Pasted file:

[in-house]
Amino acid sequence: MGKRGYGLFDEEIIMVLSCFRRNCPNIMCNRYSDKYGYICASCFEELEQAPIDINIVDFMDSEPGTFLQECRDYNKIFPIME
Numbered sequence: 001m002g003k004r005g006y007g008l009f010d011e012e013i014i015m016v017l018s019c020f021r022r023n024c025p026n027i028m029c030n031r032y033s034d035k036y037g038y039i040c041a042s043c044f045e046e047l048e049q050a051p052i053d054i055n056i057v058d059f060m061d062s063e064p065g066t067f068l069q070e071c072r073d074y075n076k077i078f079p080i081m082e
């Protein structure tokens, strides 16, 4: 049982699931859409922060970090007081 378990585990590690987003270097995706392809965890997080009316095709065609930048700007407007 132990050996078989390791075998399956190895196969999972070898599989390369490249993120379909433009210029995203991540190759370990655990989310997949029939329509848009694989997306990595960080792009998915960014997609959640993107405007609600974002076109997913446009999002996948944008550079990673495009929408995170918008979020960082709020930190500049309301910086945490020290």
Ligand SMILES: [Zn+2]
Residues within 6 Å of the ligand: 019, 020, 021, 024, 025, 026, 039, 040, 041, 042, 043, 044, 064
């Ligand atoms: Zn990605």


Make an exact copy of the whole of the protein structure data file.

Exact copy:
[in-house]
Amino acid sequence: MGKRGYGLFDEEIIMVLSCFRRNCPNIMCNRYSDKYGYICASCFEELEQAPIDINIVDFMDSEPGTFLQECRDYNKIFPIME
Numbered sequence: 001m002g003k004r005g006y007g008l009f010d011e012e013i014i015m016v017l018s019c020f021r022r023n024c025p026n027i028m029c030n031r032y033s034d035k036y037g038y039i040c041a042s043c044f045e046e047l048e049q050a051p052i053d054i055n056i057v058d059f060m061d062s063e064p065g066t067f068l069q070e071c072r073d074y075n076k077i078f079p080i081m082e
């Protein structure tokens, strides 16, 4: 049982699931859409922060970090007081 378990585990590690987003270097995706392809965890997080009316095709065609930048700007407007 132990050996078989390791075998399956190895196969999972070898599989390369490249993120379909433009210029995203991540190759370990655990989310997949029939329509848009694989997306990595960080792009998915960014997609959640993107405007609600974002076109997913446009999002996948944008550079990673495009929408995170918008979020960082709020930190500049309301910086945490020290």
Ligand SMILES: [Zn+2]
Residues within 6 Å of the ligand: 019, 020, 021, 024, 025, 026, 039, 040, 041, 042, 043, 044, 064
């Ligand atoms: Zn990605």